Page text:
This book came out near the end of 2017. I tried to read it then but was too nauseated by the saturation of Trump/Russia coverage so I set it aside. Last summer, I saw it in a used book store for $2 and figured “What the heck?” So I picked it up.
I’m glad I did. Even though much of the information feels dated (especially considering today’s Manafort revelations on his dealings with Kilimnik), it will likely remain as one of the central works to understanding Trump and Russia. The author, a Russia expert who writes for The Guardian, actually had contact with Christopher Steele right before his famous dossier was leaked for the world to see. In the two years since it’s released, large parts of it have been verified.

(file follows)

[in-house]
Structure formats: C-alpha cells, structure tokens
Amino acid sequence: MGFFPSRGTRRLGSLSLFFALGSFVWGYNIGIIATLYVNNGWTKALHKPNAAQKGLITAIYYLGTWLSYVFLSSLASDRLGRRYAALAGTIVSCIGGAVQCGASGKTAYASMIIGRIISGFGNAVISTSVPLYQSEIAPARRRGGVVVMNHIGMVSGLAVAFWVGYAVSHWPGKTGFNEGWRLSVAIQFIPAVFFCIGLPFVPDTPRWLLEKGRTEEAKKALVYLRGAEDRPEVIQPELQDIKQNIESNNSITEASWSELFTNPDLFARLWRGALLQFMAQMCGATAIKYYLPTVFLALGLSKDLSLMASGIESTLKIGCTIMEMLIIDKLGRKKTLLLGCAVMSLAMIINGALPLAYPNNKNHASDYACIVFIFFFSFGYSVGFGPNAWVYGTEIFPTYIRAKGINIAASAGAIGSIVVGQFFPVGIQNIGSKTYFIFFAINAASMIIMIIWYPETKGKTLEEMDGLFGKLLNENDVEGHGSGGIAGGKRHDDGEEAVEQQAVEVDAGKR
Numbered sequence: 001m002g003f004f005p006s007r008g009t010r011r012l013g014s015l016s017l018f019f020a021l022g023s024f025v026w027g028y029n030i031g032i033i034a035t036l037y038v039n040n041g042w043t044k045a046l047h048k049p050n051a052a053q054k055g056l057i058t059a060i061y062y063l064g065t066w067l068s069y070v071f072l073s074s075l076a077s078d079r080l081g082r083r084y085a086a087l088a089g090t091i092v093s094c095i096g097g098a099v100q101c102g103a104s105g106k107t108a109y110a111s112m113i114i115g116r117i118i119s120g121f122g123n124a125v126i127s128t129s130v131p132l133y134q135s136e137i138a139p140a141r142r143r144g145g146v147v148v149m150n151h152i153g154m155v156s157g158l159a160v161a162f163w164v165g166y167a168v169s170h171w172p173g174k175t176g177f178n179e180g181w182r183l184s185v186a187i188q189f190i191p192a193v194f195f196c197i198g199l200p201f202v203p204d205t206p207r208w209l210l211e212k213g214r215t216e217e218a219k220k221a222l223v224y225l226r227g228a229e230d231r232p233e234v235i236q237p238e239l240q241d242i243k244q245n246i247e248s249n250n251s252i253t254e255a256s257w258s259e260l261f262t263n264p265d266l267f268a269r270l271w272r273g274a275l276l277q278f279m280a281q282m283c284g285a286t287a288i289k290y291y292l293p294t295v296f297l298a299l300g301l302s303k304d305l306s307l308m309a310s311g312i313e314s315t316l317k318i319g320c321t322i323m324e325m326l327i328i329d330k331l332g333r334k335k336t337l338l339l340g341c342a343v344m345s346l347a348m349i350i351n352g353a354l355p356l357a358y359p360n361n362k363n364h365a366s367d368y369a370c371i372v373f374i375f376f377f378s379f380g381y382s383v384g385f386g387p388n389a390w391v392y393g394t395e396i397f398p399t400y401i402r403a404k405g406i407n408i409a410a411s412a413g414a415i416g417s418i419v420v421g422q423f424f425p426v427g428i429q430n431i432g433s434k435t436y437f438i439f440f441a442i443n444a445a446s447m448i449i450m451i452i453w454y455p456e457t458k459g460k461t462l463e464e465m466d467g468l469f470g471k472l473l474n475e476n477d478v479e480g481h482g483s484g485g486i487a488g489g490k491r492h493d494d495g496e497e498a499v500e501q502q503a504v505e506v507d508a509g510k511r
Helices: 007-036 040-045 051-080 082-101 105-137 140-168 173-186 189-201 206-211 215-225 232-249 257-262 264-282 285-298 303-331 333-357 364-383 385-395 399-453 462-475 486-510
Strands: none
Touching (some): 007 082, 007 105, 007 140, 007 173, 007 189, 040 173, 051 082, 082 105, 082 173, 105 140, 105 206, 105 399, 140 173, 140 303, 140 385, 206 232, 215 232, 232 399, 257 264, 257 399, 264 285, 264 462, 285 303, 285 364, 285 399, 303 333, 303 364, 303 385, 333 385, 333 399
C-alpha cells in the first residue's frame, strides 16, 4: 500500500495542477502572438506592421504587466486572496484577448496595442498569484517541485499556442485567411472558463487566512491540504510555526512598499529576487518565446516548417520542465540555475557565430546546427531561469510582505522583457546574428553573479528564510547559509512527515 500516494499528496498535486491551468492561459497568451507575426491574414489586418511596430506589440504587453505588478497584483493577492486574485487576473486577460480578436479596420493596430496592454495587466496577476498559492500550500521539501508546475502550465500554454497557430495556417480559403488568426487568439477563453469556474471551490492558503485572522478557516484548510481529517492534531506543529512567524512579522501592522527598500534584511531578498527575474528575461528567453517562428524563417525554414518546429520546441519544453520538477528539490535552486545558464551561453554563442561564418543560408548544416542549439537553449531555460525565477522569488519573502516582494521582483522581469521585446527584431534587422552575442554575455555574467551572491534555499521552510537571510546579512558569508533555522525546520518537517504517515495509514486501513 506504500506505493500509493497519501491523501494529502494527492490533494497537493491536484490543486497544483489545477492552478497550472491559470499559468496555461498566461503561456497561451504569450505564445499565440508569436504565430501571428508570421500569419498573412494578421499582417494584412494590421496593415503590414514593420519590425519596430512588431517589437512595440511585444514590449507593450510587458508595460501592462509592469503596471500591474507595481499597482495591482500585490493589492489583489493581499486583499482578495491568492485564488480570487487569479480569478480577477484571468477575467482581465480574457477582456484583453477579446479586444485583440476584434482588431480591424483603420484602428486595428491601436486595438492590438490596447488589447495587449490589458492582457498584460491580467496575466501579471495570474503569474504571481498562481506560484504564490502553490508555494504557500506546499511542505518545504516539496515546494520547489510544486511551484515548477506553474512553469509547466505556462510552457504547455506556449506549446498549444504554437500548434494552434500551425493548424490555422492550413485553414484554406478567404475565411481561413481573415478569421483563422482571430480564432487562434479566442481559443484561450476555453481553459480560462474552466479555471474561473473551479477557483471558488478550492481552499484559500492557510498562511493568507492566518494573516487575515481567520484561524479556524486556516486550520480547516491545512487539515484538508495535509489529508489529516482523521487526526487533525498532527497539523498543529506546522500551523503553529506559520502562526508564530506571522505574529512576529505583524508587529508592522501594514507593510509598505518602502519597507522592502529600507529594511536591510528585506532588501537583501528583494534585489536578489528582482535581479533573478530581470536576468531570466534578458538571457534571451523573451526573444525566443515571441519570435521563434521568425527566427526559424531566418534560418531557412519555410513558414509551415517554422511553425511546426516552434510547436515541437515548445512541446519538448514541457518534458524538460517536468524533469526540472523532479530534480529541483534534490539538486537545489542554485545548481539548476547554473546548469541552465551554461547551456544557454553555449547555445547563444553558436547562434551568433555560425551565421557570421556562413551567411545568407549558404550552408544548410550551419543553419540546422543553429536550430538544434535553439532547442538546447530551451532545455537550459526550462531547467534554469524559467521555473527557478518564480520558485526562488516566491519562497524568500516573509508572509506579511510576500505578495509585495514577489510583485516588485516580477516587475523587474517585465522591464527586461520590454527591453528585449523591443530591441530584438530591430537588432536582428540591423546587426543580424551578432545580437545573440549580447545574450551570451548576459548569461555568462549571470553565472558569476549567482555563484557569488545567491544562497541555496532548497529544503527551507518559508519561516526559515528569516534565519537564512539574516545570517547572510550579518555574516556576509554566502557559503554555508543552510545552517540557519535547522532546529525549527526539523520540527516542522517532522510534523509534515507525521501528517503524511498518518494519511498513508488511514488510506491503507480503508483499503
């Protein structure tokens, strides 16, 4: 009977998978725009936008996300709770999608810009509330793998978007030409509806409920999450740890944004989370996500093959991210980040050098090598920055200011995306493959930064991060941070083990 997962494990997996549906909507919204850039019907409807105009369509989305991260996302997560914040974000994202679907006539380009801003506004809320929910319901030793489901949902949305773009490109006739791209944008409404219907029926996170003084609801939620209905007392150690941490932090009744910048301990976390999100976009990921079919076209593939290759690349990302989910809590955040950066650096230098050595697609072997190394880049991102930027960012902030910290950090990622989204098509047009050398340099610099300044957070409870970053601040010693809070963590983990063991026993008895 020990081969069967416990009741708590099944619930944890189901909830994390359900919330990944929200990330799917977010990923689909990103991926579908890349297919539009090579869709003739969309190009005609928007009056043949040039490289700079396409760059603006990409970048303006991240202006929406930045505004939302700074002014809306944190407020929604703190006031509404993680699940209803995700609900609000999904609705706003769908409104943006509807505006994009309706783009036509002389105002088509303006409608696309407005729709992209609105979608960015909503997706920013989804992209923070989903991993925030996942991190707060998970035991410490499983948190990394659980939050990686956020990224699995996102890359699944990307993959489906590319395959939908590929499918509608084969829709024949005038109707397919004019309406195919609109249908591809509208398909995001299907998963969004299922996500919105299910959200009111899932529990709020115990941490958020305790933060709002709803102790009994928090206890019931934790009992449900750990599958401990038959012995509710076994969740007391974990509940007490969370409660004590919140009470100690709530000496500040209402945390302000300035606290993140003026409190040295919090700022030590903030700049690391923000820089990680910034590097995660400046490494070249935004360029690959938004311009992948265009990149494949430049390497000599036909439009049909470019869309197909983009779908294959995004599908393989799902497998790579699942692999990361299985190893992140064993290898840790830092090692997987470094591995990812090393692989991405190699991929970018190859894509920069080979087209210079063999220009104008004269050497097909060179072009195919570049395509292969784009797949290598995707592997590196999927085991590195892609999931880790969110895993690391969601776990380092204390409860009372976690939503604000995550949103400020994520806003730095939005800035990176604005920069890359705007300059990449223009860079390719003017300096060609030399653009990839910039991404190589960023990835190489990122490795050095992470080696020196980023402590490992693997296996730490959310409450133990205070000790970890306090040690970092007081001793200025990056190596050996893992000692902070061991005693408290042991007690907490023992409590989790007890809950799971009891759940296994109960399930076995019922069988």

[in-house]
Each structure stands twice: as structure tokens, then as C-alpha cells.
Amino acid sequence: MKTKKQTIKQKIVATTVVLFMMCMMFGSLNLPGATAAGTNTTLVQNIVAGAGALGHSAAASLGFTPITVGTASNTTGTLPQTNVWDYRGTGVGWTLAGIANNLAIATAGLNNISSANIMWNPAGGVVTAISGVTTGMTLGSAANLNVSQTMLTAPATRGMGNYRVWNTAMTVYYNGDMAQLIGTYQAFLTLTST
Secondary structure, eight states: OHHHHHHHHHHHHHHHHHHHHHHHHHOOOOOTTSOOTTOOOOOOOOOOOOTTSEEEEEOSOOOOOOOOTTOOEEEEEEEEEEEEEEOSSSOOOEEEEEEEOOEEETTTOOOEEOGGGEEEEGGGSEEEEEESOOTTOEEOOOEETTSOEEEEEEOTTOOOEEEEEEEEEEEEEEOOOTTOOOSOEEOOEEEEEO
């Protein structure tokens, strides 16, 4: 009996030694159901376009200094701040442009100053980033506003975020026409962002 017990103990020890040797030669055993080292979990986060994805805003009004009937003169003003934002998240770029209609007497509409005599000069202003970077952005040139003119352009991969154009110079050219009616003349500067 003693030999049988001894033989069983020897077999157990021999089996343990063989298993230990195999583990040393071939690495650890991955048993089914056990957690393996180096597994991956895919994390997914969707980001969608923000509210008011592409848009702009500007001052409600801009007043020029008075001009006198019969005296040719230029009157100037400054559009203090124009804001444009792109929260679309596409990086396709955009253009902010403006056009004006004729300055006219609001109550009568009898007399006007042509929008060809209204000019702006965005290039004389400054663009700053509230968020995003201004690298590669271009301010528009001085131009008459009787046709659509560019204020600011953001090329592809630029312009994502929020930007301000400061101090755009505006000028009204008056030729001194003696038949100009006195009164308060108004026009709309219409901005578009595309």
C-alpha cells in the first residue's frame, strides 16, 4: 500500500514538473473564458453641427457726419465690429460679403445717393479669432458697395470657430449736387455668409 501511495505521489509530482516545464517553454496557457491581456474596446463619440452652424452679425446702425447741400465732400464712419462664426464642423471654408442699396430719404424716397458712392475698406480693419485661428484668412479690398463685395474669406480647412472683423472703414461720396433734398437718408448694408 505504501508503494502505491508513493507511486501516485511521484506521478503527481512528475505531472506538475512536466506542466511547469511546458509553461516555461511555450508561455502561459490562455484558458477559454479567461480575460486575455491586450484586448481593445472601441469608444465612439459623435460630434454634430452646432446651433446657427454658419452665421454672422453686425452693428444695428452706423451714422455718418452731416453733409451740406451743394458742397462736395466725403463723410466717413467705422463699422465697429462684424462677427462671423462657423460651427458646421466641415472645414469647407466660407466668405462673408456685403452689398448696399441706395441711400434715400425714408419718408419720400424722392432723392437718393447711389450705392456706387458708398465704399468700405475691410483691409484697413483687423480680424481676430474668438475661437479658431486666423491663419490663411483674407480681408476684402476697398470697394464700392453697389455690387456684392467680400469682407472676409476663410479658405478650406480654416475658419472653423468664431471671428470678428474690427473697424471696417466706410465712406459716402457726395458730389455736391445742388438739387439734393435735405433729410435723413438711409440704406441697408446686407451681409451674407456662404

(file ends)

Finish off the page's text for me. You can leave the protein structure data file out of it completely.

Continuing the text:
Taking time to examine how the Russia scandal has affected Trump’s presidency, Harding mostly pulls back to show how the connections between Trump and Putin, as well as Trump and the USSR, were made. He has a good knowledge of the region and its political actors and does a great job tracing straight lines to the various players in the saga. He also eschews hyperbole and hysteria, both of which have been in ample supply from the media in the Trump age.
The book is far from perfect. Harding is a little too sympathetic to James Comey, coming off as almost admirable towards the man who helped put us in this circumstance. He also doesn’t do a great job of sussing out the banking stuff which, to be fair, is labyrinthian and almost completely shrouded in secrecy.
But for the most part, it’s a quality book, easy to read and will serve as a good primer for the novice who wants to learn more about Trump and Russia.